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A dove flying against the wind

LOS ANGELES (SE): Brother Peter Zhou Bangjiu is indeed a dove that flew against the wind. When the People’s Republic of China was about to be proclaimed, Brother Zhou was a young seminarian with the Benedictines in St. Andrew’s Abbey and had just taken his first vows when Chengdu was captured by the Communist army in 1949.
Although originally a foundation from Belgium, the monastery eventually relocated to California in the United States of America and Brother Zhou, who is now 91-years-old, is the only living link with its Chinese past.
Brother Zhou has now written a book on his experience of some 30 years as a prisoner in China, between his arrest in 1955 and eventual release in 1985, entitled, The faithful dove flies against the wind.
In recommending the book, Brent Fulton writes in ChinaSource that Brother Zhou originally received a 20-year sentence, but it was extended twice due to his refusal to repent for his crimes against the state.
“During one episode of intense interrogation in 1970, he was handcuffed and arm-cuffed for a period of three weeks, his limbs bound painfully behind his back,” Fulton summarises.
“When guards realised that this torture had permanently disabled Zhou’s right hand, they removed the cuffs and instead shackled his feet. The shackles would remain for five years.
“To keep his mind active while in labour camp, he composed poems commemorating various incidents leading up to and during his imprisonment. Having no access to paper and pen, he committed these poems to memory.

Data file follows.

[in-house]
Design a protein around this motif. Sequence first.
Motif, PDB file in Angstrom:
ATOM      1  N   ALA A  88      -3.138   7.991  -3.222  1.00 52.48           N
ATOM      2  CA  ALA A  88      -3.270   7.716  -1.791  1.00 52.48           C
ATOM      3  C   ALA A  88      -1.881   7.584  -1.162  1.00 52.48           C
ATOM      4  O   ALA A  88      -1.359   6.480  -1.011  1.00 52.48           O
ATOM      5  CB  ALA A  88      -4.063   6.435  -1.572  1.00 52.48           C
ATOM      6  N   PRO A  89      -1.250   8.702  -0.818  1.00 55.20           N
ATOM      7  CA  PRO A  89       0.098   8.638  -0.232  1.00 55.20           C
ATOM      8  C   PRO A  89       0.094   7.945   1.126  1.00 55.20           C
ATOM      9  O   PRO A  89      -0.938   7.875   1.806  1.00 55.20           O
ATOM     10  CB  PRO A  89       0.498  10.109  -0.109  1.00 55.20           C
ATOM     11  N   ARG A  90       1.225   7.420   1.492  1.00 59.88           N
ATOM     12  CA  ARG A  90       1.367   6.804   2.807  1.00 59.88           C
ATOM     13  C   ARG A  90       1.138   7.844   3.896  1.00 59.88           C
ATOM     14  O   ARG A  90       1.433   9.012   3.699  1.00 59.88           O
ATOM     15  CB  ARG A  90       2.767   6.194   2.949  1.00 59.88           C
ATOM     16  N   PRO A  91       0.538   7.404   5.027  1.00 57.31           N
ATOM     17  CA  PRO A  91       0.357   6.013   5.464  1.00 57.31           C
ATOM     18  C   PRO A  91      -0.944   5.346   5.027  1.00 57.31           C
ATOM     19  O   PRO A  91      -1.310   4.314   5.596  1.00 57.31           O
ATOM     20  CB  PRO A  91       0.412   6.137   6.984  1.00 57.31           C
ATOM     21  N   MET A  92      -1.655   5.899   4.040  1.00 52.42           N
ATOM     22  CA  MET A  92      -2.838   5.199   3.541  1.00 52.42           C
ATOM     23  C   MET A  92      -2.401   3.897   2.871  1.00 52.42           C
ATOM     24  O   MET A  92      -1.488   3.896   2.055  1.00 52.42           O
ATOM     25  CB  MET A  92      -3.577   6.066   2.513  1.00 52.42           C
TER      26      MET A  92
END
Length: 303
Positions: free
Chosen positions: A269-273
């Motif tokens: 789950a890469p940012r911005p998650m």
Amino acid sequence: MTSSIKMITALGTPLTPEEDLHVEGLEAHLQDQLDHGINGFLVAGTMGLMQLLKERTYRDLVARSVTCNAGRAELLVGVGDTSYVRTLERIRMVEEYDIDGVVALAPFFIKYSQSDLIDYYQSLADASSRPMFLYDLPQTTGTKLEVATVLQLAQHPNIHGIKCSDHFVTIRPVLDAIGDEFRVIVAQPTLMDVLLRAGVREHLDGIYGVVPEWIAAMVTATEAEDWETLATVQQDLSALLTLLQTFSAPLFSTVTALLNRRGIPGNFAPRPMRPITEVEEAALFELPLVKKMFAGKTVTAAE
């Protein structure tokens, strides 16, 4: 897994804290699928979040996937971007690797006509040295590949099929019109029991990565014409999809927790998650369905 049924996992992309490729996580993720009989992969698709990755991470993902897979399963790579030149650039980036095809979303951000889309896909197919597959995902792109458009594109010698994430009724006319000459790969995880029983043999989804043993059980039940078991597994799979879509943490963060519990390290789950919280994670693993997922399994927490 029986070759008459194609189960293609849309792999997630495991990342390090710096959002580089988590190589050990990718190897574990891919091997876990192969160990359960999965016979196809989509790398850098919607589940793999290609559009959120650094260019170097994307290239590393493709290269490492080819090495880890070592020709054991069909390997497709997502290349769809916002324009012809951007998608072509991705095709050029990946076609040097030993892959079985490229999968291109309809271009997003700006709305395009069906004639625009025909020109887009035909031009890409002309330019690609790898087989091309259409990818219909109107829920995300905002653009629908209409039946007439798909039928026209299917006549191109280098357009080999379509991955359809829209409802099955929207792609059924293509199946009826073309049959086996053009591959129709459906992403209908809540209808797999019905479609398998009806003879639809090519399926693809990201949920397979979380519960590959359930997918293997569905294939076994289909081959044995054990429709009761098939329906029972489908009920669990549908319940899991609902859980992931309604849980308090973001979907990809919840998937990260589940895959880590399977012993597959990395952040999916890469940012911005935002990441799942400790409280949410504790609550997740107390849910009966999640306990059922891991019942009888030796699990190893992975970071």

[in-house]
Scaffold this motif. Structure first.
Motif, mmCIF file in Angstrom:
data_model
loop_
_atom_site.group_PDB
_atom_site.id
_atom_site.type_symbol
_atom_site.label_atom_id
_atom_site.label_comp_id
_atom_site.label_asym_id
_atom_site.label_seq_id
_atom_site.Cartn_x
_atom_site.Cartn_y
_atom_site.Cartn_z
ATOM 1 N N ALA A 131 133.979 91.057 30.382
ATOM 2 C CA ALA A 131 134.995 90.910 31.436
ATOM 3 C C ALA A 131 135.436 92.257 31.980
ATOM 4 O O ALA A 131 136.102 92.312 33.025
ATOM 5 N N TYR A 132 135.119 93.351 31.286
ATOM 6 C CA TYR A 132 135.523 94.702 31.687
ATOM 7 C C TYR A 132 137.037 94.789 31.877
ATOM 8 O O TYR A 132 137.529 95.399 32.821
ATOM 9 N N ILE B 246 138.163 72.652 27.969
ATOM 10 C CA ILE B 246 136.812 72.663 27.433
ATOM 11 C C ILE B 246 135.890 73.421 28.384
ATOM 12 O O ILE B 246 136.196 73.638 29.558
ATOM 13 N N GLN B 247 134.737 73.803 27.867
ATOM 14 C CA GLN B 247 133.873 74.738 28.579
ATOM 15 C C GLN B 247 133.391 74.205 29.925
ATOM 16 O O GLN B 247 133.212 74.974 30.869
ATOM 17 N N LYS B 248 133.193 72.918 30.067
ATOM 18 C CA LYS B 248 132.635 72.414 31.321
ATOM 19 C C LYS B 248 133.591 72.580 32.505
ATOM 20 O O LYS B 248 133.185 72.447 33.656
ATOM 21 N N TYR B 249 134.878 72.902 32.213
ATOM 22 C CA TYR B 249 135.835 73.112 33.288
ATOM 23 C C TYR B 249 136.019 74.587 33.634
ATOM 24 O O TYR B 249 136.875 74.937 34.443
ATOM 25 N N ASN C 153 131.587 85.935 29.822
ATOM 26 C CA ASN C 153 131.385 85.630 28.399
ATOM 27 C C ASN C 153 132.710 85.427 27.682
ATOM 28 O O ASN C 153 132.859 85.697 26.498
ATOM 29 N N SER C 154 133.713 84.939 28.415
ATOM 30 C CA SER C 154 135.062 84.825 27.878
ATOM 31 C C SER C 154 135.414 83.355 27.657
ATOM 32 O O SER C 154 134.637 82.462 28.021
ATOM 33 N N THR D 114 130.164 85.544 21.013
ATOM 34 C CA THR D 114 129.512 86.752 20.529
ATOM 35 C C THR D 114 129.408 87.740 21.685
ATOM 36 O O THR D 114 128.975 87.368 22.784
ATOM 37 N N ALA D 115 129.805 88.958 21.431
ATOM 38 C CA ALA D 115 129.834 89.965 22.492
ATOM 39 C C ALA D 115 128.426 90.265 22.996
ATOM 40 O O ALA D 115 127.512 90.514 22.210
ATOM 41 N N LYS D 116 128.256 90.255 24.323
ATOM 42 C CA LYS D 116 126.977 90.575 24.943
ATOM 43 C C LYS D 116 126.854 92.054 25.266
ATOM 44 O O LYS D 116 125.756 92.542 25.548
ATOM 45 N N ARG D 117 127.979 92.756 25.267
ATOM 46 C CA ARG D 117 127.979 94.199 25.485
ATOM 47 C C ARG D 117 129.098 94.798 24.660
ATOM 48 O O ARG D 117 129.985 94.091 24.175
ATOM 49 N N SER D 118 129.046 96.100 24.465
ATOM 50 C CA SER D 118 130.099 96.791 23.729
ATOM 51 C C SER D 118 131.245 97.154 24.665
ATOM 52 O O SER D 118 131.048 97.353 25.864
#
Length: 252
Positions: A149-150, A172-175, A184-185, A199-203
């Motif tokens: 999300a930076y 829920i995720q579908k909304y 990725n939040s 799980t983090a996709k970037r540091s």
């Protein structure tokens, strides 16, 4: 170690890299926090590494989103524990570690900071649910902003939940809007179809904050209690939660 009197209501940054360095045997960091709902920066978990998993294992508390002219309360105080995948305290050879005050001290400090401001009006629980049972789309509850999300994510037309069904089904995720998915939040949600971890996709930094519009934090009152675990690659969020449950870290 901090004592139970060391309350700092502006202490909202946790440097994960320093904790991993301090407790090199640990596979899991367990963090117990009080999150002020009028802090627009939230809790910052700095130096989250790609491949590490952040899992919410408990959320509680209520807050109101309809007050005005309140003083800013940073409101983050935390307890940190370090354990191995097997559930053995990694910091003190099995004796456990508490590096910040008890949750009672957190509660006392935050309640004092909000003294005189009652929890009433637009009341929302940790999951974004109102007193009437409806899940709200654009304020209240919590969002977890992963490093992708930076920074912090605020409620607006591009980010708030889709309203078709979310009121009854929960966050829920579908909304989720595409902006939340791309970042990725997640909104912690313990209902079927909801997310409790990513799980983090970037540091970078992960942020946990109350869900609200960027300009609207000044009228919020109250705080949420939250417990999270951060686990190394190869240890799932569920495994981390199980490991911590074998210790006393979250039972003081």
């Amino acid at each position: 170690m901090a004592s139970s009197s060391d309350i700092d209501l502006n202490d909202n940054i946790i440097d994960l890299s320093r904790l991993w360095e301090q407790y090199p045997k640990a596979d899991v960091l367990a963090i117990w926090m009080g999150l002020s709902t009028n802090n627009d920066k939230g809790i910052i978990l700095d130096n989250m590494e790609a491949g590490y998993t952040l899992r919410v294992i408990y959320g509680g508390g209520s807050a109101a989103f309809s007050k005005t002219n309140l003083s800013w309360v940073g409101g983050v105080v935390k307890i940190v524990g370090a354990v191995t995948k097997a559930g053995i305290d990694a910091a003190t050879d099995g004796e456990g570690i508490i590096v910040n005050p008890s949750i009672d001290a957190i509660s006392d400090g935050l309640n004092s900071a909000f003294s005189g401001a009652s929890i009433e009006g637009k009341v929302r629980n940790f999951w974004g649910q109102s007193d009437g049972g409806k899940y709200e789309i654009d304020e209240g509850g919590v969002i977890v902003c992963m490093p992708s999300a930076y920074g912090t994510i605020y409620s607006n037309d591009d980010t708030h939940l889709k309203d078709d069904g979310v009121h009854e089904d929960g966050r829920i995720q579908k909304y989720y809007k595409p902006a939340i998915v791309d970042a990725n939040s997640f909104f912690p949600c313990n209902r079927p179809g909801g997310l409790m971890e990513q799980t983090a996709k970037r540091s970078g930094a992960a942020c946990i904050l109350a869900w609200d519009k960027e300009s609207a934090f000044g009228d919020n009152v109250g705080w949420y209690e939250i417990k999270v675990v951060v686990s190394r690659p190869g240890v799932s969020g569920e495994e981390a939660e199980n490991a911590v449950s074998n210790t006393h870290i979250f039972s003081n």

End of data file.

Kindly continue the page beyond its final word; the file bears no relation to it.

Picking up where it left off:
“They would eventually number more than 2,000. When Zhou was finally released he began to transcribe them and, later, to translate many into English and French,” Fulton notes.
Brother Zhou’s poetry provides a prisoner’s-eye view of the turbulent events that took place outside the labour camp. But interspersed with his commentary is his hope that he would one day be released, tempered by his insistence that he would not bow to official pressure in order to win his freedom.
When his third appeal for a reconsideration of his sentence was rejected, he mused:
I wielded my pen to upbraid the slanders,
Showing my loyalty once more,
The three thousand words express
My high ideals and my fervent sentiments.
I prefer to sit in the jail cell for the Lord
Until its bottom breaks
Than to bend down!
Brother Zhou was finally exonerated and released in 1981 as China’s reform and opening policy brought a new official stance toward religion. In his own words, he said, “I didn’t change my attitude; they changed their position.”
He later discovered that his missionary brothers had regrouped following their departure from China, not to their native Belgium, but in Southern California. He recorded the joy of their reunion in Return to My Monastic Home in Triumph.
With Jesus assisting in fighting,
I had defeated again and again
The struggle meetings, beatings, shackles and handcuffs.
Throwing out my chest, I departed from prison;
Holding my head high, I left the country,
Now, finally, I celebrate my reunion with my monastery!